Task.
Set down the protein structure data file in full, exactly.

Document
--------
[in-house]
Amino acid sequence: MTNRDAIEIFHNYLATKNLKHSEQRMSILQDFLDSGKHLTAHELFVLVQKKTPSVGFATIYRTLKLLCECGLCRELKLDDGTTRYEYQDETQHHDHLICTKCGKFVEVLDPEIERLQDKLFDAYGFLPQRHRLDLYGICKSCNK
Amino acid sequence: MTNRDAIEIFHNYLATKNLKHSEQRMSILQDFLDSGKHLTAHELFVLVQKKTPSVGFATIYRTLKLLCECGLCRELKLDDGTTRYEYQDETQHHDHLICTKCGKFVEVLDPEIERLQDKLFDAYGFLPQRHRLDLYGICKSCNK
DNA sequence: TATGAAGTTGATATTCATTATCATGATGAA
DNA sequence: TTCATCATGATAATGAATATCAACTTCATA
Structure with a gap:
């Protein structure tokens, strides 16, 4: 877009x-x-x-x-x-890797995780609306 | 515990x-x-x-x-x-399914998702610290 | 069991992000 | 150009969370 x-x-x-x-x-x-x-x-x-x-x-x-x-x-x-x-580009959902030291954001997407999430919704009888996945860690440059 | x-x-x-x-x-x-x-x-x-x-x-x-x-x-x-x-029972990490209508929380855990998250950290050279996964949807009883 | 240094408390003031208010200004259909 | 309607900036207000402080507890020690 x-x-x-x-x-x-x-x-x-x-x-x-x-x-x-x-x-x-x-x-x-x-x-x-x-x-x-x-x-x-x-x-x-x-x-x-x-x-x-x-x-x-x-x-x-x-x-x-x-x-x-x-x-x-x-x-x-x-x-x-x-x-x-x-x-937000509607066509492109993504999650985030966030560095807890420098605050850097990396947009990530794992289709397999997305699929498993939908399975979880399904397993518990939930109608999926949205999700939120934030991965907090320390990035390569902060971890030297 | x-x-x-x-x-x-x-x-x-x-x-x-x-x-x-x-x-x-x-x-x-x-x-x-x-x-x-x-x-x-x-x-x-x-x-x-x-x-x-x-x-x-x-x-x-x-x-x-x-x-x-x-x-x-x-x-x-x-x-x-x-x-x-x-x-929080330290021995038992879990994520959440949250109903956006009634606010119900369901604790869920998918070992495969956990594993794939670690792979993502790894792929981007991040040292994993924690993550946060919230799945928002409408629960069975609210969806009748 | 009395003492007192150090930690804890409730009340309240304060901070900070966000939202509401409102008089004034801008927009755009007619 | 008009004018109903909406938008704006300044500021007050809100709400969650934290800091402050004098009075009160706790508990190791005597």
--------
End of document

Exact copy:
[in-house]
Amino acid sequence: MTNRDAIEIFHNYLATKNLKHSEQRMSILQDFLDSGKHLTAHELFVLVQKKTPSVGFATIYRTLKLLCECGLCRELKLDDGTTRYEYQDETQHHDHLICTKCGKFVEVLDPEIERLQDKLFDAYGFLPQRHRLDLYGICKSCNK
Amino acid sequence: MTNRDAIEIFHNYLATKNLKHSEQRMSILQDFLDSGKHLTAHELFVLVQKKTPSVGFATIYRTLKLLCECGLCRELKLDDGTTRYEYQDETQHHDHLICTKCGKFVEVLDPEIERLQDKLFDAYGFLPQRHRLDLYGICKSCNK
DNA sequence: TATGAAGTTGATATTCATTATCATGATGAA
DNA sequence: TTCATCATGATAATGAATATCAACTTCATA
Structure with a gap:
């Protein structure tokens, strides 16, 4: 877009x-x-x-x-x-890797995780609306 | 515990x-x-x-x-x-399914998702610290 | 069991992000 | 150009969370 x-x-x-x-x-x-x-x-x-x-x-x-x-x-x-x-580009959902030291954001997407999430919704009888996945860690440059 | x-x-x-x-x-x-x-x-x-x-x-x-x-x-x-x-029972990490209508929380855990998250950290050279996964949807009883 | 240094408390003031208010200004259909 | 309607900036207000402080507890020690 x-x-x-x-x-x-x-x-x-x-x-x-x-x-x-x-x-x-x-x-x-x-x-x-x-x-x-x-x-x-x-x-x-x-x-x-x-x-x-x-x-x-x-x-x-x-x-x-x-x-x-x-x-x-x-x-x-x-x-x-x-x-x-x-x-937000509607066509492109993504999650985030966030560095807890420098605050850097990396947009990530794992289709397999997305699929498993939908399975979880399904397993518990939930109608999926949205999700939120934030991965907090320390990035390569902060971890030297 | x-x-x-x-x-x-x-x-x-x-x-x-x-x-x-x-x-x-x-x-x-x-x-x-x-x-x-x-x-x-x-x-x-x-x-x-x-x-x-x-x-x-x-x-x-x-x-x-x-x-x-x-x-x-x-x-x-x-x-x-x-x-x-x-x-929080330290021995038992879990994520959440949250109903956006009634606010119900369901604790869920998918070992495969956990594993794939670690792979993502790894792929981007991040040292994993924690993550946060919230799945928002409408629960069975609210969806009748 | 009395003492007192150090930690804890409730009340309240304060901070900070966000939202509401409102008089004034801008927009755009007619 | 008009004018109903909406938008704006300044500021007050809100709400969650934290800091402050004098009075009160706790508990190791005597």